“And without faith it is impossible to please God…” (Hebrews 11:6)

Job was a man who trusted God.  The faith that was planted in him continued to guide and direct his life.  He believed God’s Word and that God would provide the promised Savior from sin.  That’s what faith does to a person.

Job was not just a man of great faith but also a man of great wealth and earthly blessings. He had 10 children, 7000 sheep, 3000 camels, 500 yoke of oxen, 500 donkeys, and many servants.  In other words, he was the richest of the rich for that time. There are plenty of “Christian” preachers that will use this type of Scripture to say that if you are faithful you will be blessed and prosperous.  If you have great faith in God, then you will have great blessings from him.  If you are God’s child, then you should get everything that makes you happy. However, that just doesn’t seem to fit with the main purpose for God’s Word.  God’s wants people to be saved.  On every page of his Word the point is to point people to Christ, the forgiveness of sins, the victory over the devil that he accomplished for us, and the home we have in heaven.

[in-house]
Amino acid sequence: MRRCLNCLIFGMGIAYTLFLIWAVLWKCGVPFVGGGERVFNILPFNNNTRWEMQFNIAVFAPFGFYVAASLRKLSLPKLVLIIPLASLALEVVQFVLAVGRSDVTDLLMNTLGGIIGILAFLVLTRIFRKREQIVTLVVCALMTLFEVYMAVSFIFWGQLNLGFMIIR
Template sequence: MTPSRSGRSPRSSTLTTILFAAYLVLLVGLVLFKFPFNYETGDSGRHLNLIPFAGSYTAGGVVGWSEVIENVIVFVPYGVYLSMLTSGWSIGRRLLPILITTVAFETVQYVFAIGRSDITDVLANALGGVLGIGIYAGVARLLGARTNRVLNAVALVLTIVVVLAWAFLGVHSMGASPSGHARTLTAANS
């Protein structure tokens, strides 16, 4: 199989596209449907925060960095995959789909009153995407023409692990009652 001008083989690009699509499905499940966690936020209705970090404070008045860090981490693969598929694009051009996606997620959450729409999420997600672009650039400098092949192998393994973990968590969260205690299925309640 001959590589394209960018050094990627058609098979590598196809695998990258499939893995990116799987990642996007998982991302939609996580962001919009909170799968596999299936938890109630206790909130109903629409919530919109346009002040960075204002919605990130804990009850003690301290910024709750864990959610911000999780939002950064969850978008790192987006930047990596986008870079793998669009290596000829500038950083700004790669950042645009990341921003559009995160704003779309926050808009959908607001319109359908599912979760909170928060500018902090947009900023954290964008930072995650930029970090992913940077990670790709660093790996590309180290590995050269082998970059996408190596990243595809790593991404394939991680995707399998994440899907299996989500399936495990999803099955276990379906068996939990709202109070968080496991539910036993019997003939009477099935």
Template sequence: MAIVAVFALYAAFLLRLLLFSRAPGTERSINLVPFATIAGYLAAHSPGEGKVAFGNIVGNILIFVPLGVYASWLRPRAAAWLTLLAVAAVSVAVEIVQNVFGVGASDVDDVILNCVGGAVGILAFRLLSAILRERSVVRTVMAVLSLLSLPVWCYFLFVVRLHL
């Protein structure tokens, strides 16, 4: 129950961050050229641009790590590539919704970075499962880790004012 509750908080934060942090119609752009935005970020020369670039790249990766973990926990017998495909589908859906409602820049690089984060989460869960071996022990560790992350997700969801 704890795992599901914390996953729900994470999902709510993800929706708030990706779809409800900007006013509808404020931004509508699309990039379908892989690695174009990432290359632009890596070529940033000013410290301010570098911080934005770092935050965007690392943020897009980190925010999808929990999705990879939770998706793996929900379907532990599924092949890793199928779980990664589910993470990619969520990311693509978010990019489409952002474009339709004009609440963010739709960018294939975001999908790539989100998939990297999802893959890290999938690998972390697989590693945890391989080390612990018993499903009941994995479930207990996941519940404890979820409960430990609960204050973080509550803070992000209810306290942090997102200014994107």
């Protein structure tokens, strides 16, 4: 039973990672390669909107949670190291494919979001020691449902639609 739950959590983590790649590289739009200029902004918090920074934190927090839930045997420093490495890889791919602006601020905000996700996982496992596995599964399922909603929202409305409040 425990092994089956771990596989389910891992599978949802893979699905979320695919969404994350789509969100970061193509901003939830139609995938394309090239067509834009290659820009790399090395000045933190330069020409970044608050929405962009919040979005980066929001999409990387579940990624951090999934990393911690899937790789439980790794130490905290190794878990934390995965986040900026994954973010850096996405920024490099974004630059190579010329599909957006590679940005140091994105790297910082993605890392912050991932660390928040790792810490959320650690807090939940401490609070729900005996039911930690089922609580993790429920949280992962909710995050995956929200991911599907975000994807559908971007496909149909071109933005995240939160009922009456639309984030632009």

That’s probably why God allowed all this stuff to happen to Job.  In one day all of the earthly blessings were gone, poof! If you would lose everything, what would your reaction be?  Anger? Misery? Bitterness? Shock? Depression? Do you remember what Job said?  He said, “Naked I came from my mother’s womb, and naked I will depart. The Lord gave and the Lord has taken away; may the name of the Lord be praised.”

The next day it was his health.  Boils festered on his skin to the point where he sought relief by scraping himself with broken potsherds.  You would expect most people to become more than a little upset in these circumstances.  It might not even surprise you if some would curse God, but Job said, “shall we accept good from God, but not trouble?”

This is when three of Job’s friends come into the picture. They didn’t exactly help the situation.  In times of terrible grief, you might want friends to grieve with you and comfort you.  You might need them to point you again and again to Jesus and his promise of salvation and peace and hope.  Nevertheless, when you read through chapters 3-37, you will find that Job’s friends weren’t the positive people that Job needed in his time of trial.  Eliphaz, Bildad, and Zophar did not point him to peace and hope through God’s promises of salvation.  They tried to give him reasons for his devastating loses.  Their idea was to say that Job was a good man who didn’t deserve such disaster.  He must have done something wrong to upset God.  In order for Job to fix his problems, they encouraged him to ask God for answers.